Attending to how pregnant people like Ophelia “bring down flowers” in Shakespeare reminds us that people have sought early and late term abortions across time, and that this search is represented in the most canonical of authors, of texts. These “historical touches across time,” to use medievalist Carolyn Dinshaw’s phrase, offer insight into what abortion might’ve been like in Shakespeare’s day. The desperate, panicked search for information, the dark vials containing the promise of a different life, the communities that harbored and disseminated this knowledge—these touches are particularly important in a post Roe v. Wade world, when pregnant people will be forced to turn to the kinds of remedies available before the medicalization of abortion. What’s more, many of us realize that overturning Roe v. Wade is an attempt to revoke people’s—especially young women’s—control over their desires, their bodies, their futures. Ophelia felt the dangers of this enterprise.
Abortion wasn’t illegal in Shakespeare’s England, like it is in some US states today. Historian Carla Spivack argues that abortion before quickening (when a pregnant person first feels their child move) was not even considered a serious moral crime. Abortion was a threat only to the extent it allowed for, or concealed, illicit sex. Alex Gradwohl argues, however, that the rise of Christianity and church teachings to channel desire through reproductive sex and marriage ended the “moral neutrality” found in classical texts regarding abortion. Still, as a method of fertility control for married women, for example, abortion was not even within the purview of the law.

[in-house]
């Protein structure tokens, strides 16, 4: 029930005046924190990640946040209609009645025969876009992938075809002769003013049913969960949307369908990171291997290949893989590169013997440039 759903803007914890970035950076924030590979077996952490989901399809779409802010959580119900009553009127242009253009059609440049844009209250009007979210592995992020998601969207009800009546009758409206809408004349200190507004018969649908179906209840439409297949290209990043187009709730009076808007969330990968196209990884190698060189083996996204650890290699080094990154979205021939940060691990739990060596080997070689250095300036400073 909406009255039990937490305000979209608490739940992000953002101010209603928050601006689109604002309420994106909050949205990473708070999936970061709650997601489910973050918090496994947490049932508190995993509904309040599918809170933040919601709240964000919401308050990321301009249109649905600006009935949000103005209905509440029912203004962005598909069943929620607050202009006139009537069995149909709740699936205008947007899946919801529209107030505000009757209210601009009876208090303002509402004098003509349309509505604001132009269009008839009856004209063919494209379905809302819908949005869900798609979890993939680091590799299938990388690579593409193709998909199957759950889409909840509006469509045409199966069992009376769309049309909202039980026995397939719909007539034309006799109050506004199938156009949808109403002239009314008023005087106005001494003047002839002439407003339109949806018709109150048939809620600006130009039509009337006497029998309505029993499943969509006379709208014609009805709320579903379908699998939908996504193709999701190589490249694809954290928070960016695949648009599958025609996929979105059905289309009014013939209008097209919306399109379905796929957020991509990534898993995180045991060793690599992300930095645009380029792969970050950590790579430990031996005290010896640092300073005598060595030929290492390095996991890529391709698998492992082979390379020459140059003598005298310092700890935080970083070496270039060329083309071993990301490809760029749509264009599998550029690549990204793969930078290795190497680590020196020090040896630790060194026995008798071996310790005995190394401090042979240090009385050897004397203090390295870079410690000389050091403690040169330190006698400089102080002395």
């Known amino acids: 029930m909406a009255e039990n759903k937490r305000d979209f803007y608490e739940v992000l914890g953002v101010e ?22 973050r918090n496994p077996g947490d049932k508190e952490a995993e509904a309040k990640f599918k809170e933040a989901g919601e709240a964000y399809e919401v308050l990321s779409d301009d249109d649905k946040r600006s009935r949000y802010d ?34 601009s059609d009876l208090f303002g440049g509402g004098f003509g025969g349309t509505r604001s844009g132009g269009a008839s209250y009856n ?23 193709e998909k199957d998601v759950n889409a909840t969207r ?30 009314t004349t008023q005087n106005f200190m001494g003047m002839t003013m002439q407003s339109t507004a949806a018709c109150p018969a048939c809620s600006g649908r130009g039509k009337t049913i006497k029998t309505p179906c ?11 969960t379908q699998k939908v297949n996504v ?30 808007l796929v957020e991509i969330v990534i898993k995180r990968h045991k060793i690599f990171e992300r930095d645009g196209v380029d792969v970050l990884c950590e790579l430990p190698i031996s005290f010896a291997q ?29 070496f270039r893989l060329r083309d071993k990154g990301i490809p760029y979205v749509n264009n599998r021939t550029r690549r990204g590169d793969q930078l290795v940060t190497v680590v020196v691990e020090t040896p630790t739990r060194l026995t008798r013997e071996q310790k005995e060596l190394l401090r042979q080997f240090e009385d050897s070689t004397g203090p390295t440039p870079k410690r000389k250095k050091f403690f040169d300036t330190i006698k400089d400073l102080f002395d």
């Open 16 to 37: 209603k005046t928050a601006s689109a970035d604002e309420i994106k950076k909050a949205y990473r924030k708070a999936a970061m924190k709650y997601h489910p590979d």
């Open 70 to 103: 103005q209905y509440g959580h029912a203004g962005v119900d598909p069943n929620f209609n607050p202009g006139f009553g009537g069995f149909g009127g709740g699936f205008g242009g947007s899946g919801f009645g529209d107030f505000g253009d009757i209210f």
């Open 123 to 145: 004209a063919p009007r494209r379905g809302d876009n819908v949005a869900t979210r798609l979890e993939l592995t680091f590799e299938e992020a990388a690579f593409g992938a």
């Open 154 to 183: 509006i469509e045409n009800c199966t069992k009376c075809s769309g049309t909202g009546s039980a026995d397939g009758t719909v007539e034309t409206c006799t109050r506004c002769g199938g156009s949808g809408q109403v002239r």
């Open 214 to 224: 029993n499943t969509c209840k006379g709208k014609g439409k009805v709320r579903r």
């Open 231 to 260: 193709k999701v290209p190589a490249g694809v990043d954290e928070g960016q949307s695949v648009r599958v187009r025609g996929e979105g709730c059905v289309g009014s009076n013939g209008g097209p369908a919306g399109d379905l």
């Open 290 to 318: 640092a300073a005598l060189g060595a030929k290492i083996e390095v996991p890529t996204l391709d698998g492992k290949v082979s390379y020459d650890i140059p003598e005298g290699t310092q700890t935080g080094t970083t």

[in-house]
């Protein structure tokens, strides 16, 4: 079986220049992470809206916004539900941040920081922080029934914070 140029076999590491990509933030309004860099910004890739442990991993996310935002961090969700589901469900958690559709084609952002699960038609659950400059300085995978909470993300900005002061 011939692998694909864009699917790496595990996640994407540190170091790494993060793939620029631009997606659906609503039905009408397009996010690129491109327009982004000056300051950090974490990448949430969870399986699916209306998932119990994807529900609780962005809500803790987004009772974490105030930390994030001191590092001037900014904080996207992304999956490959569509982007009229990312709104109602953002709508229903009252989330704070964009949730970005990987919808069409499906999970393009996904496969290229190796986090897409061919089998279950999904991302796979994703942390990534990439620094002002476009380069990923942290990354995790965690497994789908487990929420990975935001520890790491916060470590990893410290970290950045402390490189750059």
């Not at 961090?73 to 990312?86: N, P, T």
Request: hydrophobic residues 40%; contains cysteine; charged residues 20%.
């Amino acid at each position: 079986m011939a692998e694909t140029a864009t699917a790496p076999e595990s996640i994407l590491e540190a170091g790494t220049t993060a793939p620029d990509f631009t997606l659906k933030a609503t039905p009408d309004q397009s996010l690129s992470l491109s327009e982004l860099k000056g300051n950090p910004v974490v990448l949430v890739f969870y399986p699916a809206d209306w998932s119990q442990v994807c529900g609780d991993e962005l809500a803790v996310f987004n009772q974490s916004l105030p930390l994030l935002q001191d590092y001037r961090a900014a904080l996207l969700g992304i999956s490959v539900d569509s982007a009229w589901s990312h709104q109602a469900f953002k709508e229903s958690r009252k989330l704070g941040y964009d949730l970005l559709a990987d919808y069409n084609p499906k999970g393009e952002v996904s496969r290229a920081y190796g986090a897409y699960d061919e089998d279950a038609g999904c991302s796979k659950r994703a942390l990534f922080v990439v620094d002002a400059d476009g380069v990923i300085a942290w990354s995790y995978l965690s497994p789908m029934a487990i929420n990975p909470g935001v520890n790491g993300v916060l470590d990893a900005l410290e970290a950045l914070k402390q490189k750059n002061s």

The options for early modern people fearful of an unplanned pregnancy were limited, as they had no access to medical or surgical abortion. In one of the few explicit references to abortion we have from the period, Christopher Marlowe—one of Shakespeare’s rival dramatists—lists off different methods to end a pregnancy in his Elegies 13 and 14 (c.1600). In these poems, the speaker’s beloved, Corinna, “rashly” casts out “her womb’s burden.” “Why with hid irons are your bowels torn? / And why dire poison give you babes unborn?,” the speaker asks, outlining two options to do so. The “hid irons” tearing “bowels” conjures more modern images of wires and coat-hangers—the “dire poison” the herbal remedies people used in the case of an unplanned pregnancy.
Scholar Frances Dolan argues that when pregnant people in early modern England “bravely took control of their own fertility” they depended, predominantly, on “traditional knowledge of the herbs in their garden.” Herbal abortion is now steeped in stigma, as journalist Maya Lewis reports, but until the invention of hormonal birth control in the 1960s, and the increase in surgical abortions after Roe v. Wade in the 1970s, it was as good an option as any to end an unwanted pregnancy. Even before Roe v. Wade was overturned, a safe, medical abortion was never a guarantee, especially for low-income individuals without clinics in their vicinity. I certainly did not have hundreds of dollars to spend on an abortion in college. Herbal abortifacients promise a cheaper, more accessible alternative, whether they deliver on this promise or kill you in the process. These herbs—rue, black and blue cohosh root, cotton root bark, mugwort, Queen Anne’s lace, pennyroyal—have been used across time and place, before surgical abortion became legal and safe for some of us.